The decision to own firearms is an individual one, based on individual needs, concerns, and perceptions. Yes, perhaps neighborhood crime and the safety of the world. But, at that level, its intended goal is not to reduce overall crime rates or achieve world peace, but individual safety. Hence, the adaptive nature of the coping strategy also needs to be viewed at the individual level, not across levels. Not does it fix society, but does it work for the individual.

    Buttrick notes, “Gun owners, when faced with their fear, turn to a strategy that boosts their self-esteem in the moment, but which does nothing to actually control crime in their neighborhood or make the world a safer place.” Policy making and policing are the mechanisms to control neighborhood crime and make the world a safer place. Gun owners are not vigilantes. Firearms ownership is about a personal risk calculation, and personal protection and safety. Crime in my neighborhood, city or county increases my personal risk and risk assessment. Decisions intended to reduce personal risk are not intended to directly reduce national crime rates or make the streets safer. They are adaptive at the individual level.

    If seems that, were his logic true, then we could also claim that my deciding to eat a healthy diet was maladaptive, since my decision to do so has not solved the crises of obesity, high blood pressure, or diabetes in the population. It was never intended to do so, nor could we ever expect that it could.

    Just my initial thoughts as a psychologist.

    Follow your work often, but have only rarely commented. At some point I will find the time to sit down and write on the Psychology of Gun Culture. Unfortunately it is not integral to my position, just a personal interest. But it would be interesting for us to consider if there would be some collaborative writing we could do at some point on this topic, combining the sociological and psychological elements.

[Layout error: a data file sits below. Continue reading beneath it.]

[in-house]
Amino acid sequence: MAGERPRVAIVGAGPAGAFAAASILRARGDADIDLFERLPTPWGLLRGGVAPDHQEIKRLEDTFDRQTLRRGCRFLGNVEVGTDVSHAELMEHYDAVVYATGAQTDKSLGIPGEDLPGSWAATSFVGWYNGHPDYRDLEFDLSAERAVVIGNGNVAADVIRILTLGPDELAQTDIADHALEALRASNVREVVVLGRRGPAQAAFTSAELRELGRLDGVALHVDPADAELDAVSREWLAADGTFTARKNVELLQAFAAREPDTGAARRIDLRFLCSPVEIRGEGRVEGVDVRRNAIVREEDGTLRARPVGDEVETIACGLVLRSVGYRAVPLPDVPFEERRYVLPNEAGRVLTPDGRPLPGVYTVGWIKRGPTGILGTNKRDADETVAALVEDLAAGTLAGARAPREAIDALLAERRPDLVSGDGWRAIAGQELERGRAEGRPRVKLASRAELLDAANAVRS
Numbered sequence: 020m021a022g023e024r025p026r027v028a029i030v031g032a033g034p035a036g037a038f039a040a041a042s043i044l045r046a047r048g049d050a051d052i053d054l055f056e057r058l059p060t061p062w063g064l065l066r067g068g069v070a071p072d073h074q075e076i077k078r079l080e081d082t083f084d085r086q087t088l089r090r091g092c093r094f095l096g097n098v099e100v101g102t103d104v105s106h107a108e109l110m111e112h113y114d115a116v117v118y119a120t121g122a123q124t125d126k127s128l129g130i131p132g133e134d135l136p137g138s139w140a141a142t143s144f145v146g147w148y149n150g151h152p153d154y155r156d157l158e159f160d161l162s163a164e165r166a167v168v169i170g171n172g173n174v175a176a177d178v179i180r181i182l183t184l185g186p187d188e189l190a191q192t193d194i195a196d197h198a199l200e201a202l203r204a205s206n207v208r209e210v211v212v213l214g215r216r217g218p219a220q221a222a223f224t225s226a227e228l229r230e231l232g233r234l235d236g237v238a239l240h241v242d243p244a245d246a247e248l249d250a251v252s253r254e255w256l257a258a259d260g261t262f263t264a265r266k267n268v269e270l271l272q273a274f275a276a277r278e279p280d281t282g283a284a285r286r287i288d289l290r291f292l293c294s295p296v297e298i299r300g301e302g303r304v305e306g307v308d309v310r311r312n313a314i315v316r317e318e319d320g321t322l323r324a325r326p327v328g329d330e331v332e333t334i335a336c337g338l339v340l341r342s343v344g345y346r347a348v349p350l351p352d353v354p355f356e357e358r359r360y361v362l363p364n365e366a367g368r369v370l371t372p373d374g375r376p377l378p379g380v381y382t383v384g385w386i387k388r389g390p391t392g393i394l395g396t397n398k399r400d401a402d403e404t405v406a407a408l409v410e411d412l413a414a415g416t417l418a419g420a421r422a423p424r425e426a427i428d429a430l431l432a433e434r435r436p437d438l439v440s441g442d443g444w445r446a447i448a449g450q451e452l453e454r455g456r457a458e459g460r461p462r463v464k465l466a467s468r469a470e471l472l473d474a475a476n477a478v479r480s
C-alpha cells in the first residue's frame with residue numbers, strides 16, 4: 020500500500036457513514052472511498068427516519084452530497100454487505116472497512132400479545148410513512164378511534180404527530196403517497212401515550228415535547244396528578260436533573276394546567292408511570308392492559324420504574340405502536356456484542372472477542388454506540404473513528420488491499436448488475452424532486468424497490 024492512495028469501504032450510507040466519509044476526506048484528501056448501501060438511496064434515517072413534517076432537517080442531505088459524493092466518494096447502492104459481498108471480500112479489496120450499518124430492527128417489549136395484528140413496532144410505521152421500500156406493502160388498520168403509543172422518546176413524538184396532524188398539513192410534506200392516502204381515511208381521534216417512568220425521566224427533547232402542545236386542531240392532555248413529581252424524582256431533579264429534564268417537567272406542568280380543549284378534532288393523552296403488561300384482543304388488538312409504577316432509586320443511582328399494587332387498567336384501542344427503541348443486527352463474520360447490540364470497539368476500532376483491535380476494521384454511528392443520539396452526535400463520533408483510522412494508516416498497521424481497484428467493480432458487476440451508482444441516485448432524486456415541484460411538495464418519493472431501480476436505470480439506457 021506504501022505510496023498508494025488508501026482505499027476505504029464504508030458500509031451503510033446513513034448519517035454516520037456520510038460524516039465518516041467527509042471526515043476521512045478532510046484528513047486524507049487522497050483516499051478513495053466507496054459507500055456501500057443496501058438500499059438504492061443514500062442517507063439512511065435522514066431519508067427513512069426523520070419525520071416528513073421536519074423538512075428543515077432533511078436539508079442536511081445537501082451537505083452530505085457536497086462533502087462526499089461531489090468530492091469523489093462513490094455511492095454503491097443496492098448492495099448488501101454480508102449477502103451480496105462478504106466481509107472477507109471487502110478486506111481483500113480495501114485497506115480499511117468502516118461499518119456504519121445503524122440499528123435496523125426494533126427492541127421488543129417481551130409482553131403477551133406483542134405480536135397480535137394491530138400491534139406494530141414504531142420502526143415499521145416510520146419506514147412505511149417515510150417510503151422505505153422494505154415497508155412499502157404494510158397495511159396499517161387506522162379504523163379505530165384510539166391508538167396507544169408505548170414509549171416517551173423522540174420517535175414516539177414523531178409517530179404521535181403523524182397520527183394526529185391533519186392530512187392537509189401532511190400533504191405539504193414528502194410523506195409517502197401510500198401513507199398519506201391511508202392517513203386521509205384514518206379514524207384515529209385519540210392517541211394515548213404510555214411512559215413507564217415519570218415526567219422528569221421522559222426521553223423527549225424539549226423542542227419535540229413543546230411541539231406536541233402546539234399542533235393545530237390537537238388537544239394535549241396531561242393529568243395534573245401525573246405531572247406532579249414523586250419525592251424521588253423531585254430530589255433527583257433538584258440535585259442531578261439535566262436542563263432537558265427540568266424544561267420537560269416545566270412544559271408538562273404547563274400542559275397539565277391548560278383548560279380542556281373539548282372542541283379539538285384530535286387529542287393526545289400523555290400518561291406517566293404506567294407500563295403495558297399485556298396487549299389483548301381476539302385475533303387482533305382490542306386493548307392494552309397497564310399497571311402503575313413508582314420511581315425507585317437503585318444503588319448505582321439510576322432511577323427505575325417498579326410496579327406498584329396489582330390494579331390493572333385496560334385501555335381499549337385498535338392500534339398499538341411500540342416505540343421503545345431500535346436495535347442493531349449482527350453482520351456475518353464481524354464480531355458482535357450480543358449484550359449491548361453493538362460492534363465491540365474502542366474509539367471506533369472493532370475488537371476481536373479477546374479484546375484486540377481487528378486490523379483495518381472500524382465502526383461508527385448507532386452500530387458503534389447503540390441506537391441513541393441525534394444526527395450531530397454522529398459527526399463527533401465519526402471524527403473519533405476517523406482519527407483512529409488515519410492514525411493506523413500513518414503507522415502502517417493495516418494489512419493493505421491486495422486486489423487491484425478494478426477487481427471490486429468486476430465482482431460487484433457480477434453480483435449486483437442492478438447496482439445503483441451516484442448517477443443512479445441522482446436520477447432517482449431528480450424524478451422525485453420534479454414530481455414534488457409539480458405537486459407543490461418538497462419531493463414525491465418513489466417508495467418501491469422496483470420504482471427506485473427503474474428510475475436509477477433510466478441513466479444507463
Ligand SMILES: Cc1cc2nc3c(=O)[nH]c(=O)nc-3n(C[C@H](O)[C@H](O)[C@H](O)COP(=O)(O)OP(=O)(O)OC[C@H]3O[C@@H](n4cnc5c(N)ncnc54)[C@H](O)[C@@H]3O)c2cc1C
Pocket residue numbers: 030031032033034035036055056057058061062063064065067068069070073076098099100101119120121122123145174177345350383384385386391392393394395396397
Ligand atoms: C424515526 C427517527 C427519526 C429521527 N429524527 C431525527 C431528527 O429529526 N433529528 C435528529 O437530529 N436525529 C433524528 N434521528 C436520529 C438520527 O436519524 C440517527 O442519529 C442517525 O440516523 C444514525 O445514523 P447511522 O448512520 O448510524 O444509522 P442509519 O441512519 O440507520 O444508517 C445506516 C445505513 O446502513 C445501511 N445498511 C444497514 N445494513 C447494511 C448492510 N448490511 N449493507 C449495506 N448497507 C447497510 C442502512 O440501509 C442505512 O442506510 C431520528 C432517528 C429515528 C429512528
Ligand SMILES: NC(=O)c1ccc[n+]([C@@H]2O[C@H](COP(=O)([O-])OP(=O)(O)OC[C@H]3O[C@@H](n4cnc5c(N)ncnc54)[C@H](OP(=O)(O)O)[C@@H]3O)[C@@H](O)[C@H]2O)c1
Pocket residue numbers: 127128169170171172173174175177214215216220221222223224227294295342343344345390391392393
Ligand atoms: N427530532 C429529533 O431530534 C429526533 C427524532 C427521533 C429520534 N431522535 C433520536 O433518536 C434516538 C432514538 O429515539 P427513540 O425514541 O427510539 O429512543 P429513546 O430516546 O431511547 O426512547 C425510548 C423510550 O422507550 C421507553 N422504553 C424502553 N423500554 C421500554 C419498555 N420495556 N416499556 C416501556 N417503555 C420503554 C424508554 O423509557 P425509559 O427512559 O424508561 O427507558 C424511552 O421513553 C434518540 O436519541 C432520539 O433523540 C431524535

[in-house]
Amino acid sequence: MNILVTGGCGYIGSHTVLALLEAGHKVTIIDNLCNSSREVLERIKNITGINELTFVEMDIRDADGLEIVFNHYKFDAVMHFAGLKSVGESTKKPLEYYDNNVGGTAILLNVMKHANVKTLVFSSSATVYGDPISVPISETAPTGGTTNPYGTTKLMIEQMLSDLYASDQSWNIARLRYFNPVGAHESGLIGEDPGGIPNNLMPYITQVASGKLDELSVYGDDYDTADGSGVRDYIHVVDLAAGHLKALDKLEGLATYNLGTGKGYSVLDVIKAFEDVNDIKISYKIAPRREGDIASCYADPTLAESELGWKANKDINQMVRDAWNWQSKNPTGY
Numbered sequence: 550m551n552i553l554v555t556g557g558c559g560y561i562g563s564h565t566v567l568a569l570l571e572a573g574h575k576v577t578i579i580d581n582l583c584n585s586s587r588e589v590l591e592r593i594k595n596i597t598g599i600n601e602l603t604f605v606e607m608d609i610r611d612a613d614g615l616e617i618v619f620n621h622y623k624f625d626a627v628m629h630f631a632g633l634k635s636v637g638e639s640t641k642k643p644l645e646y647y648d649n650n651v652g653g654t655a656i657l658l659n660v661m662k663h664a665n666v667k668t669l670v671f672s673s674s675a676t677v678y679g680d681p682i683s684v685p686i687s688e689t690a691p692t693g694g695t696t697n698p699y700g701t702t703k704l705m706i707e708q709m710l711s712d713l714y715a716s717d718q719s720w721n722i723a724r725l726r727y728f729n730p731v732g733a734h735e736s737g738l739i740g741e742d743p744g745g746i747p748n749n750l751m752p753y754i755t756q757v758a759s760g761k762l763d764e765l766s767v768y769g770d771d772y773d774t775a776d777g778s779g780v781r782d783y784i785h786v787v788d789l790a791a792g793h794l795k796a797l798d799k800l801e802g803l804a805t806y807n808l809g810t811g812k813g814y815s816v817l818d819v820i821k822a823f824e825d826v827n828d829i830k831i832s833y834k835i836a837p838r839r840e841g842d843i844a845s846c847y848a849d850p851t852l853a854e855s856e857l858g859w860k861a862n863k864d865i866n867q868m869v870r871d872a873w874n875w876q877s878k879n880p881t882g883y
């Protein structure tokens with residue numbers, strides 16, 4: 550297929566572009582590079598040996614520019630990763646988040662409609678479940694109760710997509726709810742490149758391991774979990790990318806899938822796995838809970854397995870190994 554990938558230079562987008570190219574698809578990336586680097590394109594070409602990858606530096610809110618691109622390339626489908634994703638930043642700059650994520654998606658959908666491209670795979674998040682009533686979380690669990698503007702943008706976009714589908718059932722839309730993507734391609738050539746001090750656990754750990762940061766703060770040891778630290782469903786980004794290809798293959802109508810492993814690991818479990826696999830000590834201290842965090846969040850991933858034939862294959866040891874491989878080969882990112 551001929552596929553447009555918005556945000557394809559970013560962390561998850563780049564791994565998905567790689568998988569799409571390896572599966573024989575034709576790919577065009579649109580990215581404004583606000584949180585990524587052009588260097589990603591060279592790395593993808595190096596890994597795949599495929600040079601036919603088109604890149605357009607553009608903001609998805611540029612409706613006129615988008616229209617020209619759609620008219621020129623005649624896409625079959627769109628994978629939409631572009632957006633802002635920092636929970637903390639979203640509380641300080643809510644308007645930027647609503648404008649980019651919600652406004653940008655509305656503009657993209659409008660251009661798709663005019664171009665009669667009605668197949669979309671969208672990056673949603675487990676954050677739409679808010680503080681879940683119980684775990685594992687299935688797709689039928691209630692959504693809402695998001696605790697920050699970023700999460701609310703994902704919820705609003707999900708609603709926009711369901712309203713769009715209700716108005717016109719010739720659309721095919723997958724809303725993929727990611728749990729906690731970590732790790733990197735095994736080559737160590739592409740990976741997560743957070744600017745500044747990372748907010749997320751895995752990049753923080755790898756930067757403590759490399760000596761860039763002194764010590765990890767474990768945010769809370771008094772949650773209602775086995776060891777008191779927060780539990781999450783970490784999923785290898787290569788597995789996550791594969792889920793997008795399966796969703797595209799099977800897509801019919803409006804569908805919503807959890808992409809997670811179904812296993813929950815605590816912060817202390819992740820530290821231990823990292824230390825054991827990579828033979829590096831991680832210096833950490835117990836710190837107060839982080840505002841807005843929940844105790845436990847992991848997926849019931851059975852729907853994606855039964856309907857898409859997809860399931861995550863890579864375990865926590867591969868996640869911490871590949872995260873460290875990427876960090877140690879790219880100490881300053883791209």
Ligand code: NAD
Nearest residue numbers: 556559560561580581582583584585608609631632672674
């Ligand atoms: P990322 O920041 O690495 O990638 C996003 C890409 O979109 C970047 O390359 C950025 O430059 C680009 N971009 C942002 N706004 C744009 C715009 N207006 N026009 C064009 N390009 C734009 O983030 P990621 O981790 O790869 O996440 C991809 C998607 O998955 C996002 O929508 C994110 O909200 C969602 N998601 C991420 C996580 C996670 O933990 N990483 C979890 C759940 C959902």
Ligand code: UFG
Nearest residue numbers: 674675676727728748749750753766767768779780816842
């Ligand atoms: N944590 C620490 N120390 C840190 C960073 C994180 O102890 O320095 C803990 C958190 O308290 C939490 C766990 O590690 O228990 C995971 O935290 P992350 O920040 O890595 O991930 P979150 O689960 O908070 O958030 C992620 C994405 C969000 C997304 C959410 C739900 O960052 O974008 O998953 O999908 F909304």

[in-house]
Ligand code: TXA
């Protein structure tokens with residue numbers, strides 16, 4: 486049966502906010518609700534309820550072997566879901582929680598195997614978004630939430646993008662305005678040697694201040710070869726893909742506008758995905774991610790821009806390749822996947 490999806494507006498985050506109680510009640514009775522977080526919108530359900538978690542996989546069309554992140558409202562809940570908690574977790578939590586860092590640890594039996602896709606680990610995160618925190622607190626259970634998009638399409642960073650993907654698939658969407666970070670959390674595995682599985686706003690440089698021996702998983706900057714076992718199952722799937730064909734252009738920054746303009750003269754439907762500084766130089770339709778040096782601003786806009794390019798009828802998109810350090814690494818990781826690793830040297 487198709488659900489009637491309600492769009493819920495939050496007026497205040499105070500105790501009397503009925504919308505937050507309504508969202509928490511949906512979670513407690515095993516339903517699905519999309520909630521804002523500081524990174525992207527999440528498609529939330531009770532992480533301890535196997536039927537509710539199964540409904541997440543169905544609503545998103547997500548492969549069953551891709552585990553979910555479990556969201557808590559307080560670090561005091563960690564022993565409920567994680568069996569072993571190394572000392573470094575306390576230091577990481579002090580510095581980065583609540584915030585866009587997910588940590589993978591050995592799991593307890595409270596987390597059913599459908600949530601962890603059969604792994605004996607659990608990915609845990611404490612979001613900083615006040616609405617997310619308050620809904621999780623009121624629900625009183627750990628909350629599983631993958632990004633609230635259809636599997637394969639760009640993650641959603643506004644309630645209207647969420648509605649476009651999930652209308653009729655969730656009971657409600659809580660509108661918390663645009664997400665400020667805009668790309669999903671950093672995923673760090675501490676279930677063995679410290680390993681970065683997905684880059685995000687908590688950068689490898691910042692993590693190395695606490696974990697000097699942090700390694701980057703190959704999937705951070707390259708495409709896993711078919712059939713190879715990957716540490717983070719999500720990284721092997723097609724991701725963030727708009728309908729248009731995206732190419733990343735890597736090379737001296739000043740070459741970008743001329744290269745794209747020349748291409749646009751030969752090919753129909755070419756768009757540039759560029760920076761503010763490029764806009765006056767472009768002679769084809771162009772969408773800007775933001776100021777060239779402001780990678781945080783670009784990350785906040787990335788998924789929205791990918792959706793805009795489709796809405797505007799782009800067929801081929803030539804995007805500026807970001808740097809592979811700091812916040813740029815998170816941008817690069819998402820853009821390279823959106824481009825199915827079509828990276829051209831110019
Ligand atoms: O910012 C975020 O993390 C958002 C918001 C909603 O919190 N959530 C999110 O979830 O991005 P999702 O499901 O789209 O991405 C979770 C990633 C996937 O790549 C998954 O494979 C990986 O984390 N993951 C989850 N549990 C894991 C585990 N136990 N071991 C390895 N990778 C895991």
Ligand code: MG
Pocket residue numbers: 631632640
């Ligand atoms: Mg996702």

Liked by 2 people

  5. That quote struck me, too. But it is a common straw man among anti-gun activists, to ask why more guns have not led to less crime. This viewpoint is mistaken and, I believe, stems from a collectivist ideology which discounts individual needs & rights.

    Like

  6. Buttrick’s ‘Coping’ paper is fundamentally, irredeemably flawed.

    Your Standard Model is on full display as Buttrick hits each point in succession. The introductory claim, the non-utility of guns, relies on the same handful of sources, with but a passing, dismissive mention of a single contradictory study. To concede that the data on DGU are sparse & inconclusive would undermine the entire anti-gun edifice. All that follows rests on this wobbly cornerstone.

    The paper is essentially a 41-page Just-So Story. All assertions of psychological motivations are unfalsifiable. The attempts to fit gun owner comments — which seem to actually be imagined internal dialog — to the narrative are so strained as to be laughable.

    Partisan sociopolitical assumptions abound. For example, Buttrick mocks gun owners’ belief “that government or other big institutions are essentially broken and unable to protect individuals from harm.” But what if they are? Nor is it ”symbolic racism” to recognize that the odds of an approaching black stranger being a criminal threat is many times higher than, say, an Asian.

    Buttrick displays gross, willful ignorance of gun culture. He laments that a gun owner’s “increased vigilance likely comes at a cost – as one is more alert to threats, one is more likely to detect them.“ Had he, as did Carlson, bothered to attend a single concealed carry class or NRA training, he would’ve learned about Cooper’s color system and how it can help anyone, armed or not, stay safer and avoid confrontation.

    This ignorance breeds arrogance. Hoi polloi are portrayed as stupid, uninformed, incapable of properly assessing their circumstances or taking care of themselves. Thus, “the general public is simply unaware of the danger” of gun ownership. The putative character deficiencies — “lost masculinity”, “senses of powerlessness”, “sense of control”, “symbolic selves”, “worries about one’s belongingness”, “quest for significance”, “existential angst” — are enumerated ad nauseam. Overall, the tone is condescending, dismissive, and insulting.